Housing market tries to find its feet again

By WANG YING in Shanghai | CHINA DAILY | Updated: 2023-11-20 09:11
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A salesman (left) introduces a residential project to potential homebuyers in Taiyuan, Shanxi province, on July 14. WEI LIANG/CHINA NEWS SERVICE

Policy easing spurs demand and recovery hopes, but rally not yet in sight

Despite constant fluctuations in China's troubled housing market, a tentative recovery is taking shape nevertheless, particularly in top-tier cities, on the back of several local-level policy easings — and this will likely lay a solid foundation for the real estate sector's high-quality and sustainable development in the long term, experts said.

China's four largest cities — Beijing, Shanghai, and Guangzhou and Shenzhen in Guangdong province — continued their average year-on-year growth in new home prices in October, data released by the National Bureau of Statistics on Thursday showed.

Property experts attributed the recovery to a series of measures since late August, including cuts to down payments on first- and second-home purchases, easing of criteria for first-home mortgages, cuts to interest rates on existing mortgages and easing of home purchase limitations.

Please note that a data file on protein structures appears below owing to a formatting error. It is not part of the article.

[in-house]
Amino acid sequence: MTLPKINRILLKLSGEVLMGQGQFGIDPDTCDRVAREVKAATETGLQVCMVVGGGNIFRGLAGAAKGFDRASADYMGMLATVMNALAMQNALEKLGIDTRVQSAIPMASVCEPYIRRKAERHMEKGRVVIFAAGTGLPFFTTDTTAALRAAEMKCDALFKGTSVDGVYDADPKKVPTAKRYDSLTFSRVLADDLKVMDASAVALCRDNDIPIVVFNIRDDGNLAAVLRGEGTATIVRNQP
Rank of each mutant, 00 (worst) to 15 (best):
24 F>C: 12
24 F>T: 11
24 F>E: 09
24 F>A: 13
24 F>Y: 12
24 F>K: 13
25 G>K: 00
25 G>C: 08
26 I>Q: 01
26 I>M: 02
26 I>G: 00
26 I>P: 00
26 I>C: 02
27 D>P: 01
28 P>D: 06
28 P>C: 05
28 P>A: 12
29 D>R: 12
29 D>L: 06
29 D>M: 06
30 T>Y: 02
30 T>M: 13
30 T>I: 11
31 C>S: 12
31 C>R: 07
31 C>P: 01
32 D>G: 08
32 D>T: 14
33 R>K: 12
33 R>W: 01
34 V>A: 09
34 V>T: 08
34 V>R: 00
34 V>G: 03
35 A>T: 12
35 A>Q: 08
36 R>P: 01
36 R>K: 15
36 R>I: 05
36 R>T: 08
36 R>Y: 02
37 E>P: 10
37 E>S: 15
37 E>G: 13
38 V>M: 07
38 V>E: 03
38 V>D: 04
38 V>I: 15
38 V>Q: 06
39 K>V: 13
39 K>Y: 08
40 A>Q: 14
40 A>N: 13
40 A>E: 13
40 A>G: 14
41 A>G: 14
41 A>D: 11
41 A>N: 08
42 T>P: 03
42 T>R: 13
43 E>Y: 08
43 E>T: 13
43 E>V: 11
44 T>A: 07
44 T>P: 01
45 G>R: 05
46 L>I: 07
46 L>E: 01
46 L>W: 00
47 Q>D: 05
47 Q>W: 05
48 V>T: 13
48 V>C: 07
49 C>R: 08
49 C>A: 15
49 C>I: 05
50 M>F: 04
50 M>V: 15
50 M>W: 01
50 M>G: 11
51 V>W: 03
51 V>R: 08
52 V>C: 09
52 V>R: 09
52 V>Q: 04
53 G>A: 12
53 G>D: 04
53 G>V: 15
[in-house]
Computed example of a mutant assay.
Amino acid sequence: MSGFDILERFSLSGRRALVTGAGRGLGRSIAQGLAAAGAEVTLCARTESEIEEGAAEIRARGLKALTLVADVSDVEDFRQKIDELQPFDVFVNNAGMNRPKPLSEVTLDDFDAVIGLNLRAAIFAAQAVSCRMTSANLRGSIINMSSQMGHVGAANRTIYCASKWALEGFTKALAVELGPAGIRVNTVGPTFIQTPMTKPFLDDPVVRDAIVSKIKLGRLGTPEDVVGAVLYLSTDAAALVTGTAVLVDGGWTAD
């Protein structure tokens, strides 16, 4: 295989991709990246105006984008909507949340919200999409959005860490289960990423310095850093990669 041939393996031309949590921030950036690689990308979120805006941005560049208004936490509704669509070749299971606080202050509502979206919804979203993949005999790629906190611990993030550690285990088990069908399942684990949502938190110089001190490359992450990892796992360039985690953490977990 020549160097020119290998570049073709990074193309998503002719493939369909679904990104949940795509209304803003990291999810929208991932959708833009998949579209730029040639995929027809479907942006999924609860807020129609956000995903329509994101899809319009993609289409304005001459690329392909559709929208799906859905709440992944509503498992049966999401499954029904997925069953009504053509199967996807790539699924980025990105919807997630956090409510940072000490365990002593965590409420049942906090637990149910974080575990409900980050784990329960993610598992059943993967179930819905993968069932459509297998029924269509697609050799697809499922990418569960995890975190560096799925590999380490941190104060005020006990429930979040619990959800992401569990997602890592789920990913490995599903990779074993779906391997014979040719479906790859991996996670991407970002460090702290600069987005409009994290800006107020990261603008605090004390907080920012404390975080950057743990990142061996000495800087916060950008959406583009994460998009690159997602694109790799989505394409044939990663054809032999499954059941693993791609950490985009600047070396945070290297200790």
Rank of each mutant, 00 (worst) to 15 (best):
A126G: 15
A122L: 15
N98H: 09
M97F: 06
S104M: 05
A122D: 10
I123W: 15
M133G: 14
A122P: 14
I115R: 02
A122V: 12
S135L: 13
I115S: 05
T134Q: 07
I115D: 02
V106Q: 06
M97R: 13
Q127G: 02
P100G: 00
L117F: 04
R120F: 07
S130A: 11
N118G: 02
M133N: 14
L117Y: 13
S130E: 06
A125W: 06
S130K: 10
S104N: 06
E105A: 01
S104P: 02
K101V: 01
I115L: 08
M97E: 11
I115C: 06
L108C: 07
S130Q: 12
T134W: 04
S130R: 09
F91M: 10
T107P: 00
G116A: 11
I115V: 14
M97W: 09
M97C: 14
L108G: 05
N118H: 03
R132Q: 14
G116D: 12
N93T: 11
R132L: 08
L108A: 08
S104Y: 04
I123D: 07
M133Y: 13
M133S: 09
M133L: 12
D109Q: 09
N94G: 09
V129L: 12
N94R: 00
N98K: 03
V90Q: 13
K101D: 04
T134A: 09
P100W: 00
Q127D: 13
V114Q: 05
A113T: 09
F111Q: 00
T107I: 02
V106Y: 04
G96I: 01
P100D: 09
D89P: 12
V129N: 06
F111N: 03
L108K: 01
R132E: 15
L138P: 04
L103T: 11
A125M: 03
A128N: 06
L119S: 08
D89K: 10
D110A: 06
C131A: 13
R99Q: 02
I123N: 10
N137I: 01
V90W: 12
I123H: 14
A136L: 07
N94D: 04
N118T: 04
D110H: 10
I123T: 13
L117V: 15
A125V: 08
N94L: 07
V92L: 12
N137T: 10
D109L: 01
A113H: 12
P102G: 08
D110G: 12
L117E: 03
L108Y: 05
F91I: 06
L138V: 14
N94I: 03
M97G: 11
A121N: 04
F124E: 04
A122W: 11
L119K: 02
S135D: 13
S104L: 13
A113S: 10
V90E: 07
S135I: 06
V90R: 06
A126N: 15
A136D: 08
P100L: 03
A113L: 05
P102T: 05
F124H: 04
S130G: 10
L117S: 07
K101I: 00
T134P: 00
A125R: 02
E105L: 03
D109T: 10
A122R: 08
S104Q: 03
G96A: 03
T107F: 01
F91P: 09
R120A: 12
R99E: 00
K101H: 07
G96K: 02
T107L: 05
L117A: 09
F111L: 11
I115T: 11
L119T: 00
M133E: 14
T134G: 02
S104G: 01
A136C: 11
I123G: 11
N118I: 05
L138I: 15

"We believe the adjustments in real estate policies were timely, aimed to prevent housing sales from declining further," wrote analysts Ren Yingxue, Wang Zitian and Zhang Renyuan in an S&P Global (China) Ratings report. "In our view, the implementation of such policies would unleash part of the pent-up demand from first-home buyers."

Qiang Ni, 37, a human resources executive at a foreign-funded enterprise in Shanghai, is one such prospective homebuyer with a positive outlook on the current housing market. She started viewing new homes a month ago. She said the current market offers a good buying opportunity, and her target is to buy a small home in Pudong New Area for her parents.

"Both my parents are above 60. They are living in nearby Kunshan in Jiangsu province. I'd like them to settle down in Shanghai so that I could take better care of them," said Qiang, adding that recent policy adjustments have persuaded her to consider buying a home.

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